Your Rights

Personal data includes information that is about someone or relates to someone - known under data protection legislation as a “data subject”.

You are the data subject, for example, when the University holds your name on its computer system.

Your name could be together with your address, date of birth and details of any services provided.

Each of these items of information will be personal data you are the data subject as you are the individual to whom it relates. It also includes your opinions or opinions of you by others.

As the Data Subject of personal data, you have fundamental rights under data protection legislation (GDPR and the Data Protection Act 2018).

This section provides you with further information regarding what your rights are, as well as clear instructions regarding how you can use these rights.


The University has a duty of transparency.

Transparency means we tell you about how we use your personal data when it is collected. This includes when it is collected directly from you by the University or by a third party organisation. The University provides you with clear and easily accessible Information regarding how the University is going to process your data. We tell you about the purposes of the processing as well as the legal basis for using your data.

The University tells you if there is a change to the conditions underpinning any of the statements included in all our Privacy Notice.

If you want to access the University’s Privacy Notices, please click the following link:

You can find further information regarding how the University processes your data, accessing one of our Data Protection documents available on the University Data Protection main page.

You have the right to access the personal information we hold about you.

The right of access to the personal data is called a Subject Access Request.

When you make a Subject Access Request, the University confirms whether or not we process data about you and provides you with a copy of your personal data and information about the processing.

However this right is not universal because it is subject to certain exemptions.


There are various exemptions which specify the circumstances in which we can refuse to provide access to your personal data.

The most likely situations in which we could refuse a subject access request are where a student requested access to an examination script, other than examiners' comments. Another exemption is where request data contained in a confidential reference provided by the University.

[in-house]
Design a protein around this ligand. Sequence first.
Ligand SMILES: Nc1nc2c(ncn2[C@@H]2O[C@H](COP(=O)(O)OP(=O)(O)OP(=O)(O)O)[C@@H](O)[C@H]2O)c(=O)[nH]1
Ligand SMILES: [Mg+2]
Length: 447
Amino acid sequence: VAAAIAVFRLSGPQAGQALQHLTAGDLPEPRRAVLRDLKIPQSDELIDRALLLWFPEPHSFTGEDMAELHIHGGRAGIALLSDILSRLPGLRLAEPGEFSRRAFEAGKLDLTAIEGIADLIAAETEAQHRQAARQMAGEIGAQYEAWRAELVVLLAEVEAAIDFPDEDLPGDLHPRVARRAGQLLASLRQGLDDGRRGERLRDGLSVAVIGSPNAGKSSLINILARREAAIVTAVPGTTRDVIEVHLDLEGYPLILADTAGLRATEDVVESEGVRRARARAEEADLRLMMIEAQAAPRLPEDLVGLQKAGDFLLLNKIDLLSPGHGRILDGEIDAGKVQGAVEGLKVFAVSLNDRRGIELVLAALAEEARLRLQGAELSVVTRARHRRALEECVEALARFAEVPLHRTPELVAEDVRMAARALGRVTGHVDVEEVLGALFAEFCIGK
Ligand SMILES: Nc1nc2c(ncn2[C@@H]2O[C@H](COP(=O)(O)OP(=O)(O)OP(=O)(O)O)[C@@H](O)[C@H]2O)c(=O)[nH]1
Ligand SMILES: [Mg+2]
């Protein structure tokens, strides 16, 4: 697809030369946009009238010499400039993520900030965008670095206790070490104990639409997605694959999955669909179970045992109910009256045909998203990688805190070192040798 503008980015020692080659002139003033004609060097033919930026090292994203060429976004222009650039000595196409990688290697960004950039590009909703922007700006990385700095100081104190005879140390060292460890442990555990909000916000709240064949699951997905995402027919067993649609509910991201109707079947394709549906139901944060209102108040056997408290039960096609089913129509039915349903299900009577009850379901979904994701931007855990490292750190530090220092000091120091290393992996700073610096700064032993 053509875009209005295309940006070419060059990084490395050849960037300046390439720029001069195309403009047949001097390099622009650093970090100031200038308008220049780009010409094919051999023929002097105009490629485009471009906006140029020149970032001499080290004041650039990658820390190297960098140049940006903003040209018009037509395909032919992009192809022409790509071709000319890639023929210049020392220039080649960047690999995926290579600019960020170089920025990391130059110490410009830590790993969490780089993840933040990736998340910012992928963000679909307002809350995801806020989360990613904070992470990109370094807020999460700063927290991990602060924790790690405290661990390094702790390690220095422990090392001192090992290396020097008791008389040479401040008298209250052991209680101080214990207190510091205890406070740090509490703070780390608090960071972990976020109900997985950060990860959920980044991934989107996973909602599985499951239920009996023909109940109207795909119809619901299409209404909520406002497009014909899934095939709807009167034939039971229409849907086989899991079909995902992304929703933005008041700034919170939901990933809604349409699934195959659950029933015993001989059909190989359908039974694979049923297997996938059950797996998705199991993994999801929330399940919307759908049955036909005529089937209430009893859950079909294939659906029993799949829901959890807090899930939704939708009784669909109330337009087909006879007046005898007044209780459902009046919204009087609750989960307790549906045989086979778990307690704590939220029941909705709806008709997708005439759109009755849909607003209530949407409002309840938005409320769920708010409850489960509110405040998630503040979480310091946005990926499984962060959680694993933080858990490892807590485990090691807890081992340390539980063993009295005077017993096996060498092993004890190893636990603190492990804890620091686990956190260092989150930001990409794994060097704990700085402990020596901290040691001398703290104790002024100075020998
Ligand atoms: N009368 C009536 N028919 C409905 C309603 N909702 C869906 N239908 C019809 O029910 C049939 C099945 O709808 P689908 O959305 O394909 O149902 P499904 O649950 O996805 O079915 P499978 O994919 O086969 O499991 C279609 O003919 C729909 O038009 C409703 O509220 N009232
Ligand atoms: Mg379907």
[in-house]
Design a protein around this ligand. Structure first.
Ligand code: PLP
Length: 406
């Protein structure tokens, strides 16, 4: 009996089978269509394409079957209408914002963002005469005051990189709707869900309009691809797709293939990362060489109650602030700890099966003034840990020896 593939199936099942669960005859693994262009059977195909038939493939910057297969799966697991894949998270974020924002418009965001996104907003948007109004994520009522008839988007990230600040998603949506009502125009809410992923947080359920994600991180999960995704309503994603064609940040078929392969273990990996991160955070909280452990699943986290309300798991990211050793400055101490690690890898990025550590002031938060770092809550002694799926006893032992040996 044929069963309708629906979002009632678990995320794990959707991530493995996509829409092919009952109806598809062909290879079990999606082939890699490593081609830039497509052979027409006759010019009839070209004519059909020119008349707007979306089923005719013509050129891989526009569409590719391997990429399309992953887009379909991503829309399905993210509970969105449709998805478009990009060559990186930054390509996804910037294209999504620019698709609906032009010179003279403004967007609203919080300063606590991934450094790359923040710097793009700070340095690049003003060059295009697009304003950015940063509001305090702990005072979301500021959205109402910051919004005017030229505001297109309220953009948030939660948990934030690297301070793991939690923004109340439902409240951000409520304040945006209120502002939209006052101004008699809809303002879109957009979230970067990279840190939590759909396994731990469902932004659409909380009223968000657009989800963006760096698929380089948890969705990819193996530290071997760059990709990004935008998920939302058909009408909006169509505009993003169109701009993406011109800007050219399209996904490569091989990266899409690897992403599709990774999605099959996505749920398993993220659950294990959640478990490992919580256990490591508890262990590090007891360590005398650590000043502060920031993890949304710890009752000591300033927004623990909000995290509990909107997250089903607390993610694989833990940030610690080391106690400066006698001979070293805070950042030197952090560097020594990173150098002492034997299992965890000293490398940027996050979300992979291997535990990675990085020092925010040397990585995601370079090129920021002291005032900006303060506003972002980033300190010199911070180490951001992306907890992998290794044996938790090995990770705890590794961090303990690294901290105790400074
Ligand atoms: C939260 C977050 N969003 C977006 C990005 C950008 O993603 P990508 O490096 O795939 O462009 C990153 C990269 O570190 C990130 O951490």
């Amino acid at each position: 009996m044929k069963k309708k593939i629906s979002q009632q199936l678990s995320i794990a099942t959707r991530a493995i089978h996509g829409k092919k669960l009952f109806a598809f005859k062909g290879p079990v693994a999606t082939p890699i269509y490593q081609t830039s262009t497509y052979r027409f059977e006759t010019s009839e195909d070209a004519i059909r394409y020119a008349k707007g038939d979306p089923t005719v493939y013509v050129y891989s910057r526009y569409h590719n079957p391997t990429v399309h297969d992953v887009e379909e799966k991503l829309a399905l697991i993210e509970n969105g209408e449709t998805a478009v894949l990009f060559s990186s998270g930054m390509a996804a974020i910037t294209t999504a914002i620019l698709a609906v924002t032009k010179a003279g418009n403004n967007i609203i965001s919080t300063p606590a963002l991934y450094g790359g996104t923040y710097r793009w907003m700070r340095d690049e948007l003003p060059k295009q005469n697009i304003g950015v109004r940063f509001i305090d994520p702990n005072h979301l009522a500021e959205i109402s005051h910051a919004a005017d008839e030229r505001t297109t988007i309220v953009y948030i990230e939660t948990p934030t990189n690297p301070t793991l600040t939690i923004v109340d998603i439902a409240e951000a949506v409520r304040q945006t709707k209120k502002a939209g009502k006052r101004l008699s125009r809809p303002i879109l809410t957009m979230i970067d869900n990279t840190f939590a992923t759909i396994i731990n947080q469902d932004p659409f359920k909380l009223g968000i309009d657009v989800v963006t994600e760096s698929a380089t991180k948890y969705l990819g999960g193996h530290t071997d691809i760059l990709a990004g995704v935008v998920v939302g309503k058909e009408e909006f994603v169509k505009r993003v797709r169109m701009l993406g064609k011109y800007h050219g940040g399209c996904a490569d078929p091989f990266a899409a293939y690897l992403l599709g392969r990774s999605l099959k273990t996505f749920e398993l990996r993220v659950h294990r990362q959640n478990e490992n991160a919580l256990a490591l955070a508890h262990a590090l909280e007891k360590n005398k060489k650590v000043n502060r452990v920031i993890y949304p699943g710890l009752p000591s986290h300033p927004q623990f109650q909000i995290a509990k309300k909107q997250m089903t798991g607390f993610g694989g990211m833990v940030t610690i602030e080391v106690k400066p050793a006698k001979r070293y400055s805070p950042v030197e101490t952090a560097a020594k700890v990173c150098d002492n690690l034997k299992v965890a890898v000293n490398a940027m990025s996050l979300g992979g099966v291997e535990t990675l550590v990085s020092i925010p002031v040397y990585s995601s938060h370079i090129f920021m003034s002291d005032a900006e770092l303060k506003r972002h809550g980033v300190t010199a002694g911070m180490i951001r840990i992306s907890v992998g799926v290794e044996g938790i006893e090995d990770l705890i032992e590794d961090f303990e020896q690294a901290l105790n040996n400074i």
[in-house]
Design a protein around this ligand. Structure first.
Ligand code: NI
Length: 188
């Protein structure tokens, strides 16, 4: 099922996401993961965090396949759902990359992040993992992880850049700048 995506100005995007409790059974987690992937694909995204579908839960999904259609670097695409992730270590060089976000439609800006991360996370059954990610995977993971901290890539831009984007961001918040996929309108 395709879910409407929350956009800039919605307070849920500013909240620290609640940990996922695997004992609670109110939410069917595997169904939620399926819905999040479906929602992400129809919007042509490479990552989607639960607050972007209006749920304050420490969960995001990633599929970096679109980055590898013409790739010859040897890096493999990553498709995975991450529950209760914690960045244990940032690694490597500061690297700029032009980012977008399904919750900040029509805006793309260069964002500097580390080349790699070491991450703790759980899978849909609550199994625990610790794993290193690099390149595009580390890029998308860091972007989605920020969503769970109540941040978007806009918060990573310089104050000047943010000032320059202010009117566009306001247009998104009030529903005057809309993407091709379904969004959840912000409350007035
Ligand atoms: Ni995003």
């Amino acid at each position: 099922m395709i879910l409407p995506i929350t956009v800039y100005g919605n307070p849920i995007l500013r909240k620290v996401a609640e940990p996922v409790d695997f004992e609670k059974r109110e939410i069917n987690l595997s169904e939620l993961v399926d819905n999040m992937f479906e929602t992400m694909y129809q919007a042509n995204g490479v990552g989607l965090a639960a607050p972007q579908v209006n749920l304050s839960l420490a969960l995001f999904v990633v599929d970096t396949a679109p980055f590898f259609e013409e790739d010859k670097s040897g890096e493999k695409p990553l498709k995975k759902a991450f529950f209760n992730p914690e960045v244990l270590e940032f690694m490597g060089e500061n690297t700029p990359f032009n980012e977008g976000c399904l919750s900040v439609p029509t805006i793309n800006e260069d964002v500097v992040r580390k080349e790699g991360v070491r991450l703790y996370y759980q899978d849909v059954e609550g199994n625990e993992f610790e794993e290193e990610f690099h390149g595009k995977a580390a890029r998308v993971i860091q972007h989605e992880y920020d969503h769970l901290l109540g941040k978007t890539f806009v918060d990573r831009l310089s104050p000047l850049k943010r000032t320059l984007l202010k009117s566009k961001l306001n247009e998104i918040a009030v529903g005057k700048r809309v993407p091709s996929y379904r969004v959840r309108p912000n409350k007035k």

You could be refused access if releasing the data would jeopardise the prevention or detection of crime, or the apprehension or prosecution of offenders.

From May 2018, the GDPR also gives you the right to “data portability”. This right allows you to obtain and reuse your personal data for your own purposes across different services.

According to the ICO website, you are allowed “to move, copy or transfer your personal data easily from one IT environment to another in a safe and secure way, without hindrance to usability.”

The right to data portability is intended to improve competition among businesses. One of the applications of the data portability right is to give you the right to ask your usage data from your current energy provider in a machine readable format and give this to another provider so you can have a comparison of costs.

If you discover the University has details about you that are not factually correct, you can ask us to change or, in some cases, remove these details.

You have also the right to ask the University to complete your data if you think that there is something missing.

In certain circumstances Teh University may refuse a request for rectification.

If you challenge how the University processes your data, we can restrict the processing of your data for a limited period until we verify the accuracy of the personal data.

This is not an absolute right and only applies in certain circumstances.

If you feel that the University does not have a valid reason for holding or processing your personal details, or you have withdrawn consent previously given, or you think that we have taken your details in an unfair way, you can ask us to remove these details.

You have the right to have your personal data erased if:

  • the personal data is no longer necessary for the purpose which the University originally collected or processed it for;
  • the University is relying on consent as the lawful basis for holding the data, and the individual withdraws their consent;
  • the University is relying on legitimate interests as your basis for processing, the individual objects to the processing of their data, and there is no overriding legitimate interest to continue this processing;
  • the University is processing the personal data for direct marketing purposes and the individual objects to that processing;
  • the University has processed the personal data unlawfully;
  • the University must delete the data to comply with a legal obligation; or
  • the University has processed the personal data to offer information society services to a child.


If this is the case, please write to the University, explaining your concerns or outlining which details are incorrect.

If we asked for your consent to process the data, you do not need to give us any reasons.


You have the right to object if the University intends to use your details for the performance of a legal task or the University’s legitimate interests, including any profiling based on the previous legal grounds.